Treatment for cancer can cost over $1 million. With most insurance plans, cancer patients max out their policy limits and face financial hardship as they get treatment. Cancer insurance reduces the financial burden and allows you to receive the treatment you need and want.
What Cancer Insurance Covers
With cancer insurance, you receive supplemental coverage that bridges the gap between the cost of your treatment and the amount your primary health insurance covers. It reduces your out-of-pocket expenses and allows you to receive the lifesaving treatment you need, and it can cover non-medical expenses. Consider this list of expenses cancer insurance can pay.
- Co-pays and deductibles
- Extended hospital stays
- Medical tests
- Procedures such as stem cell transplants
- Other disease-specific treatments
- Home health care
- Wage replacement
- Child care
- Dietary restriction aids
- Transportation to medical appointments
- Family vacation
As with any insurance, read your specific policy carefully to find exactly what it covers.
Types of Cancer Insurance
Primary health insurance often covers cancer treatments, including diagnostic tests, doctor visits and medicine. However, cancer insurance serves as an important supplement. There are two main types.
- The most popular cancer insurance policies pay benefits in a lump sum when the policy holder is diagnosed with cancer. You have the freedom to use the money to pay whatever expenses you wish.
- Less common cancer insurance policies pay for cancer-related expenses not covered by the primary health insurance policy. Coverage with this type of policy varies and may exclude the same expenses traditional health insurance excludes, so you must read the policy carefully to be sure your needs is met.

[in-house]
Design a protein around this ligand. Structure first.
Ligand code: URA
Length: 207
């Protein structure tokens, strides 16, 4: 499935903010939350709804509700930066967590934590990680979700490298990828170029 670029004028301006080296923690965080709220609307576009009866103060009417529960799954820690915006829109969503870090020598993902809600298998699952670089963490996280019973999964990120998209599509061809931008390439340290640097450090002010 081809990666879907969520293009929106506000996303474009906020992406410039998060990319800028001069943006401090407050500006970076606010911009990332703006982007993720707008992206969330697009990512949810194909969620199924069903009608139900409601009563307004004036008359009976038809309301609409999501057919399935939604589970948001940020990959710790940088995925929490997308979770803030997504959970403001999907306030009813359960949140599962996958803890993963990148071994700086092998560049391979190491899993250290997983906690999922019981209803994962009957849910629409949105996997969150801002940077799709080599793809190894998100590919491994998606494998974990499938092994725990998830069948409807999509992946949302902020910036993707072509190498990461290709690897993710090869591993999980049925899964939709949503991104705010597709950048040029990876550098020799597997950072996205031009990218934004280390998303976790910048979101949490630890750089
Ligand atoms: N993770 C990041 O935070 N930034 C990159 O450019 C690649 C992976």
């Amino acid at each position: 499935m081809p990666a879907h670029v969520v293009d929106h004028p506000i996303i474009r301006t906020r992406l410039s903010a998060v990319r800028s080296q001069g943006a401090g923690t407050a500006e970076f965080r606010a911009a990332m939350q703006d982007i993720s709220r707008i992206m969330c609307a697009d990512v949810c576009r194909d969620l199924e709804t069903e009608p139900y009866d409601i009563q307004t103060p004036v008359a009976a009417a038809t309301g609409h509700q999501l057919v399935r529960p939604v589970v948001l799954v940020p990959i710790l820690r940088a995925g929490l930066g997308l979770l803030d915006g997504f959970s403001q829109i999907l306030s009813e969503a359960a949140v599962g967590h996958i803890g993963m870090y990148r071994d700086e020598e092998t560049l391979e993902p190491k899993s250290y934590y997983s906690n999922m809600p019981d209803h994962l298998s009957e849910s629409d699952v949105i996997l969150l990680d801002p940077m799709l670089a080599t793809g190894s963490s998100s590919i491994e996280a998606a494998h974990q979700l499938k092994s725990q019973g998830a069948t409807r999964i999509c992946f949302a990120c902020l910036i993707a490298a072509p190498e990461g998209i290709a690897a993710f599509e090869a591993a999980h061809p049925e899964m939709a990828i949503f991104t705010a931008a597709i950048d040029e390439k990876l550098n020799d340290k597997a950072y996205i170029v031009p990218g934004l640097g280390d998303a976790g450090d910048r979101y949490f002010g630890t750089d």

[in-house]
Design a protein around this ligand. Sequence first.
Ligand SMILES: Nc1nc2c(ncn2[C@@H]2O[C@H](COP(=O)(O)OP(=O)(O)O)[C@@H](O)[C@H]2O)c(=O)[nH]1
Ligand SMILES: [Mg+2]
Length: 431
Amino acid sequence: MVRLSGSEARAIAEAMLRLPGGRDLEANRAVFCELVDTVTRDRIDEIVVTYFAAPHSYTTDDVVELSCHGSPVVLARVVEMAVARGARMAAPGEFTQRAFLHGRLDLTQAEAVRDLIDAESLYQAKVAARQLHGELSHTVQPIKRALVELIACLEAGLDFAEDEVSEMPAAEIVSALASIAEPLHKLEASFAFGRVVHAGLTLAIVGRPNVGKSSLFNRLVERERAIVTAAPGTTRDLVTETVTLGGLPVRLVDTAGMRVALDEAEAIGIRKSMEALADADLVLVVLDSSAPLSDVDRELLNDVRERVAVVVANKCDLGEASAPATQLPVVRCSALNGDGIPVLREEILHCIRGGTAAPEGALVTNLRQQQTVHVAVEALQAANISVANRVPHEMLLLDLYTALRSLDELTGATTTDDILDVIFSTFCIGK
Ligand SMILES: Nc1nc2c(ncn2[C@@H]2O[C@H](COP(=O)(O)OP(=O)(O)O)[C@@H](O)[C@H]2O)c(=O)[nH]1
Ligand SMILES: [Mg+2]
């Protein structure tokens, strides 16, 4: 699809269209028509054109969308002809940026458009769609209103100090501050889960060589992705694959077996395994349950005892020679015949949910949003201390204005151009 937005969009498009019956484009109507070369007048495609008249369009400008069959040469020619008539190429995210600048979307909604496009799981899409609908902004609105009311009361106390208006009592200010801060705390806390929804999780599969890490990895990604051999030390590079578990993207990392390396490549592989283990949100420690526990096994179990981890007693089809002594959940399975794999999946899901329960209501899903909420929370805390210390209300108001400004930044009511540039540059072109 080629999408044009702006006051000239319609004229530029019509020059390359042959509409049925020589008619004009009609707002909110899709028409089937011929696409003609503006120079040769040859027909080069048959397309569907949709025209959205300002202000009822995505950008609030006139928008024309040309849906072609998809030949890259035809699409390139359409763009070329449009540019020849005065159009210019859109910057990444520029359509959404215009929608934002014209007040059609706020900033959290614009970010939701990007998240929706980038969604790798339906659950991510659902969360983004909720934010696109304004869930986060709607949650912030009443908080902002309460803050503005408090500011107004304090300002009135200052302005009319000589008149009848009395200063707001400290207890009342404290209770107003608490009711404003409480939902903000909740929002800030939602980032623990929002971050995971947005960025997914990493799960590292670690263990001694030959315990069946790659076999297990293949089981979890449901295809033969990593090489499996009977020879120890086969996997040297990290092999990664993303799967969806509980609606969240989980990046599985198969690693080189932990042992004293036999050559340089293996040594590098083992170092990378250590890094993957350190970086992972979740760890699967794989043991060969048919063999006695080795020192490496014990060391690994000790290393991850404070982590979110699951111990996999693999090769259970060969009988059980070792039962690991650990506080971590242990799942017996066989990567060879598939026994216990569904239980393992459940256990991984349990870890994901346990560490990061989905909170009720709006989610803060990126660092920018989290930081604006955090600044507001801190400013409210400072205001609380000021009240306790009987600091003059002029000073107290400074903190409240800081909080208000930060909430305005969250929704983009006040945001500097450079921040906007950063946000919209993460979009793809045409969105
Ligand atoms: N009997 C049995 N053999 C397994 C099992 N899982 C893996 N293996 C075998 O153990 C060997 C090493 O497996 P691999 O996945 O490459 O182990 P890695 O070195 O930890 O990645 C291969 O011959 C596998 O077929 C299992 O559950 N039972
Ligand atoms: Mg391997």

Six Important Considerations
Before you purchase cancer insurance, understand six important considerations.
- No matter which type of policy you choose, you may not have a pre-existing cancerous condition, including cancer treatment, to qualify for coverage.
- There is a waiting period after you purchase the policy and before benefits are paid. If you are diagnosed with cancer during that time, you will not receive a payout.
- Compare your primary health insurance and cancer insurance policies to ensure benefits do not overlap.
- Non-melanoma skin cancer is not covered by cancer insurance.
- You may receive a reduced benefit if you have an early cancer rather than an invasive cancer.
- Be prepared to provide documentation of your cancer diagnosis from your health care provider before you will receive the policy benefits.
When you’re diagnosed with cancer, you need all your energy to fight the disease and take care of yourself, not worry about how to pay for treatment. Cancer insurance gives you p